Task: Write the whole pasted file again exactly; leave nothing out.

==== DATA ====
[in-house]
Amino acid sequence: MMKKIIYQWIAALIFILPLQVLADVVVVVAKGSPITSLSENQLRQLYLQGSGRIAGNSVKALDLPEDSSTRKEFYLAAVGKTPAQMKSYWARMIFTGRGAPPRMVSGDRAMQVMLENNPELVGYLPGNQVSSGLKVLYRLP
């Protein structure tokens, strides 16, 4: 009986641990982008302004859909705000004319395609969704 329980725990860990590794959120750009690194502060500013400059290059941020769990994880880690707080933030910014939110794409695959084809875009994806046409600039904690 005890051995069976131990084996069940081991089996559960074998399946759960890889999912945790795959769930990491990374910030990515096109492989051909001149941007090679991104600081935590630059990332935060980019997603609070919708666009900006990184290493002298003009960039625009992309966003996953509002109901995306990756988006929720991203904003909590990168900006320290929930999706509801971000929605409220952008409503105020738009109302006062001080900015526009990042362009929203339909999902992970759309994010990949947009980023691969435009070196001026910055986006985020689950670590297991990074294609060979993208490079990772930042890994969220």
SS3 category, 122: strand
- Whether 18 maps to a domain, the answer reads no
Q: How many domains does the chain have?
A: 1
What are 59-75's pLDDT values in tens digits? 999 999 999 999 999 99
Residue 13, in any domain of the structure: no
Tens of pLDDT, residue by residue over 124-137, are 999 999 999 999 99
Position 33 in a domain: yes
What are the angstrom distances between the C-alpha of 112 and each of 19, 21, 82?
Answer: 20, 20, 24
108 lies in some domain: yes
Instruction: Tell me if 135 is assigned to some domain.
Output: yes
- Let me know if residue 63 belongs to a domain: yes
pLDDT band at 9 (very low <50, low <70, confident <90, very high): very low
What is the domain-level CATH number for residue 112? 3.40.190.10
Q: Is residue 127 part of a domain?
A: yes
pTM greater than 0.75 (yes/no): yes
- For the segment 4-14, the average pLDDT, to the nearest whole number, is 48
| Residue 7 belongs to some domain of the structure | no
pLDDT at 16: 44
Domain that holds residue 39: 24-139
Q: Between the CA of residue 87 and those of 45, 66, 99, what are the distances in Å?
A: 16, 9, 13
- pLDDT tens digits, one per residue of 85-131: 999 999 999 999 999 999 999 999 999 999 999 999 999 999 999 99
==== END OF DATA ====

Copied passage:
[in-house]
Amino acid sequence: MMKKIIYQWIAALIFILPLQVLADVVVVVAKGSPITSLSENQLRQLYLQGSGRIAGNSVKALDLPEDSSTRKEFYLAAVGKTPAQMKSYWARMIFTGRGAPPRMVSGDRAMQVMLENNPELVGYLPGNQVSSGLKVLYRLP
């Protein structure tokens, strides 16, 4: 009986641990982008302004859909705000004319395609969704 329980725990860990590794959120750009690194502060500013400059290059941020769990994880880690707080933030910014939110794409695959084809875009994806046409600039904690 005890051995069976131990084996069940081991089996559960074998399946759960890889999912945790795959769930990491990374910030990515096109492989051909001149941007090679991104600081935590630059990332935060980019997603609070919708666009900006990184290493002298003009960039625009992309966003996953509002109901995306990756988006929720991203904003909590990168900006320290929930999706509801971000929605409220952008409503105020738009109302006062001080900015526009990042362009929203339909999902992970759309994010990949947009980023691969435009070196001026910055986006985020689950670590297991990074294609060979993208490079990772930042890994969220």
SS3 category, 122: strand
- Whether 18 maps to a domain, the answer reads no
Q: How many domains does the chain have?
A: 1
What are 59-75's pLDDT values in tens digits? 999 999 999 999 999 99
Residue 13, in any domain of the structure: no
Tens of pLDDT, residue by residue over 124-137, are 999 999 999 999 99
Position 33 in a domain: yes
What are the angstrom distances between the C-alpha of 112 and each of 19, 21, 82?
Answer: 20, 20, 24
108 lies in some domain: yes
Instruction: Tell me if 135 is assigned to some domain.
Output: yes
- Let me know if residue 63 belongs to a domain: yes
pLDDT band at 9 (very low <50, low <70, confident <90, very high): very low
What is the domain-level CATH number for residue 112? 3.40.190.10
Q: Is residue 127 part of a domain?
A: yes
pTM greater than 0.75 (yes/no): yes
- For the segment 4-14, the average pLDDT, to the nearest whole number, is 48
| Residue 7 belongs to some domain of the structure | no
pLDDT at 16: 44
Domain that holds residue 39: 24-139
Q: Between the CA of residue 87 and those of 45, 66, 99, what are the distances in Å?
A: 16, 9, 13
- pLDDT tens digits, one per residue of 85-131: 999 999 999 999 999 999 999 999 999 999 999 999 999 999 999 99